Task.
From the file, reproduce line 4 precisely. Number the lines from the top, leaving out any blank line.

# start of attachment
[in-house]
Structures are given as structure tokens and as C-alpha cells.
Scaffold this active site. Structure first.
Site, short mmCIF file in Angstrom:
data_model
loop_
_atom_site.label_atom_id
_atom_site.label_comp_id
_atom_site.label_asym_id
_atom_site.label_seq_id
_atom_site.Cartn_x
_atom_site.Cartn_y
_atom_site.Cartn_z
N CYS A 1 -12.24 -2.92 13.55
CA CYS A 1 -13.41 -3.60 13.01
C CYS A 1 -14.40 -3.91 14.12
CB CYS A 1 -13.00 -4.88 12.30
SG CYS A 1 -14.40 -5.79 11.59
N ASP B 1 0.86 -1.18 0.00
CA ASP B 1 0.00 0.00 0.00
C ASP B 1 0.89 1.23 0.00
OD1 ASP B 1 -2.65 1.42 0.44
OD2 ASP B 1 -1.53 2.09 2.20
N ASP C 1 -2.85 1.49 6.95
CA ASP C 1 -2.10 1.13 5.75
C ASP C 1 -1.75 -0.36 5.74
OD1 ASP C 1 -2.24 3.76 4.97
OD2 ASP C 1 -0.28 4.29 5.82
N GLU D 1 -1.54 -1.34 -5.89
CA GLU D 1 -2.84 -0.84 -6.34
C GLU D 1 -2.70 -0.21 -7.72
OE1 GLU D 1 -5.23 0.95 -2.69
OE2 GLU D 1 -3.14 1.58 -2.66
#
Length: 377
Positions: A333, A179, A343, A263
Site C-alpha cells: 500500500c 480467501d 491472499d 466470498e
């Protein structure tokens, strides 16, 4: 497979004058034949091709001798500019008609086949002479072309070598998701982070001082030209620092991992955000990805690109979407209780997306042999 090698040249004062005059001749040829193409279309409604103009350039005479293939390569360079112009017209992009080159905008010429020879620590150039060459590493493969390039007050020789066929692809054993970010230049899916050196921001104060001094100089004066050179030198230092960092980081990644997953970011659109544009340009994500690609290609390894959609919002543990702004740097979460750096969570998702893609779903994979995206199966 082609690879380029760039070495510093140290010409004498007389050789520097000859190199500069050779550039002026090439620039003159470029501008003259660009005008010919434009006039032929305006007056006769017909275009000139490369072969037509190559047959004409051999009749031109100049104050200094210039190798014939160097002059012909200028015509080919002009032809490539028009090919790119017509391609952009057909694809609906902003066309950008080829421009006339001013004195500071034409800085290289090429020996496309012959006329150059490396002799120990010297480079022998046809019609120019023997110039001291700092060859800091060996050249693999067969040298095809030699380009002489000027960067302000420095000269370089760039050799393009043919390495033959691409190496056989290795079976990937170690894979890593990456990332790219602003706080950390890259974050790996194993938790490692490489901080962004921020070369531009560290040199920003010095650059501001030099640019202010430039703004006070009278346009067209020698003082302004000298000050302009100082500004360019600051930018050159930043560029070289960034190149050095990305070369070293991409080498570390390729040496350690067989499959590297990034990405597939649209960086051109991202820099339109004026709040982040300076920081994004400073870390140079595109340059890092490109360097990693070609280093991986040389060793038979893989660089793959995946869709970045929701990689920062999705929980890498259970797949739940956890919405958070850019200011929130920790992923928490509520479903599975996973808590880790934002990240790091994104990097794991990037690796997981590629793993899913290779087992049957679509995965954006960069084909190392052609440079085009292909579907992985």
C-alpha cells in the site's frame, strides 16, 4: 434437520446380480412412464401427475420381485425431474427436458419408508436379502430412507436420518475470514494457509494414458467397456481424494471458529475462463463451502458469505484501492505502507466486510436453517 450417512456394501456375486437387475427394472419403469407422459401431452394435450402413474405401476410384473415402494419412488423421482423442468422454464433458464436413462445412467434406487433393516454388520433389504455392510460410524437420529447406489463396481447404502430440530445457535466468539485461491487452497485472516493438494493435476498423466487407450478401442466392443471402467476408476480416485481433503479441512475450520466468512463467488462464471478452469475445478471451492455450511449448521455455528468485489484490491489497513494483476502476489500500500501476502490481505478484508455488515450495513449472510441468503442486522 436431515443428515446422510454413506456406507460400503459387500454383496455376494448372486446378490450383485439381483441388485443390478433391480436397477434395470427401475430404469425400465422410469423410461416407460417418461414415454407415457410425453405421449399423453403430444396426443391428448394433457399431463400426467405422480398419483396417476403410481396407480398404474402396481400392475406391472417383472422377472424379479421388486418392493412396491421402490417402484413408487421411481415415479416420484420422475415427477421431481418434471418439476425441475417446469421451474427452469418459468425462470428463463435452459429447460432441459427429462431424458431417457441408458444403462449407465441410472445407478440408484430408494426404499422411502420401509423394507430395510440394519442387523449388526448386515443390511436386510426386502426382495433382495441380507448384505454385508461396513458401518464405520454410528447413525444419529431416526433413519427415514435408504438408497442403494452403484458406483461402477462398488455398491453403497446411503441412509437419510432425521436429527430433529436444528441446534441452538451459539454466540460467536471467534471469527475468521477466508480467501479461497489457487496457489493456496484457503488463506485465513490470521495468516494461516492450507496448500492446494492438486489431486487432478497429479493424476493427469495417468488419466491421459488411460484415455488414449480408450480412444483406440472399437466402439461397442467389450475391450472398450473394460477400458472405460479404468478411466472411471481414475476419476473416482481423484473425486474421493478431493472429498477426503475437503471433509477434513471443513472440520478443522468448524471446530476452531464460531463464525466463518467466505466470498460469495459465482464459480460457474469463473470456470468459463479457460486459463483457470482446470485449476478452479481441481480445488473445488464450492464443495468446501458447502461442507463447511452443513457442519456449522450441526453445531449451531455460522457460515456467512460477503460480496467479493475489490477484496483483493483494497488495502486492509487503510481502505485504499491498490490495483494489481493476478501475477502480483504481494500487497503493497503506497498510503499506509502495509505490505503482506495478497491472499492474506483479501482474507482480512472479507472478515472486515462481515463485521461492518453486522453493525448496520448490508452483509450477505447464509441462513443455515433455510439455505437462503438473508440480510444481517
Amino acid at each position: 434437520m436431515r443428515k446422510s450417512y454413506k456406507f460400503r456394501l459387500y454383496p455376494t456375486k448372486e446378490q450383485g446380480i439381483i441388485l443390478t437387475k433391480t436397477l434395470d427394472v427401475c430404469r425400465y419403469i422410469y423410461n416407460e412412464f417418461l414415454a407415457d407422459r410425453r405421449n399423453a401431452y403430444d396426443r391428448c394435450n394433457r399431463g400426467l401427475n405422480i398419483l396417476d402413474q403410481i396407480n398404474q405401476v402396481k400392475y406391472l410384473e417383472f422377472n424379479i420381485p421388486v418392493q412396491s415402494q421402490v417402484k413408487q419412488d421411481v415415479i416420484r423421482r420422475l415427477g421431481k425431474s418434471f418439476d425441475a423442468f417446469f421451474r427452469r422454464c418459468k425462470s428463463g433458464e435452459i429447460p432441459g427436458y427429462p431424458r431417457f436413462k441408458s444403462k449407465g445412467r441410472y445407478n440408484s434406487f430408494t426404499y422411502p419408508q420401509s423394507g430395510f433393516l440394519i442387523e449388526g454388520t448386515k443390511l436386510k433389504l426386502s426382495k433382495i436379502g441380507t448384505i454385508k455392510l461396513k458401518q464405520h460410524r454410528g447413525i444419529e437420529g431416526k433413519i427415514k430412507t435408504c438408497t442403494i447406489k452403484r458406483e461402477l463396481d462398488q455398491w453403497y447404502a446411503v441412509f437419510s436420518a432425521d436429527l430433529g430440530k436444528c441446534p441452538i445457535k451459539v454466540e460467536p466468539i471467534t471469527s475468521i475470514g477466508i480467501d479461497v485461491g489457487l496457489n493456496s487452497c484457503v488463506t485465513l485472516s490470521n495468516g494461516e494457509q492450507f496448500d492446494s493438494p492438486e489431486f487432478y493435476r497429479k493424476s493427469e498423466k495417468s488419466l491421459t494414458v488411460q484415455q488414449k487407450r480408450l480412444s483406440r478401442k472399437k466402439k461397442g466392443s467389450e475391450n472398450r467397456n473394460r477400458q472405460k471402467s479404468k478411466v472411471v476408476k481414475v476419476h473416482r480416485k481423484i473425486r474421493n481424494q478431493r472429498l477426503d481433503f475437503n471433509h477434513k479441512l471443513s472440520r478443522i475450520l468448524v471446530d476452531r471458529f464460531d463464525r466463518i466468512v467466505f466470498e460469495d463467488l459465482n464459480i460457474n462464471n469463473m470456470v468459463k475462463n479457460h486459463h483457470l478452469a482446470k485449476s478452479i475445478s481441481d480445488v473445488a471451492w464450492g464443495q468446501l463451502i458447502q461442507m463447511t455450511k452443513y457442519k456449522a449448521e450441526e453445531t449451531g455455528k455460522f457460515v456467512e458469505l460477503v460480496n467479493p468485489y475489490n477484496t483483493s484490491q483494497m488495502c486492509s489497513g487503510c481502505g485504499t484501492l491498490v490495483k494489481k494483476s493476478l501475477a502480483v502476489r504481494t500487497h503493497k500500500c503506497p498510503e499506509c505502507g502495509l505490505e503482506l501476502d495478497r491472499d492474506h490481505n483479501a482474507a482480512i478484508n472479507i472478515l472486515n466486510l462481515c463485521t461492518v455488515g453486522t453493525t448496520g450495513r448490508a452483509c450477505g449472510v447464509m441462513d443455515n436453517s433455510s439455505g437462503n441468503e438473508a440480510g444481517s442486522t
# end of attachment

Site, short mmCIF file in Angstrom: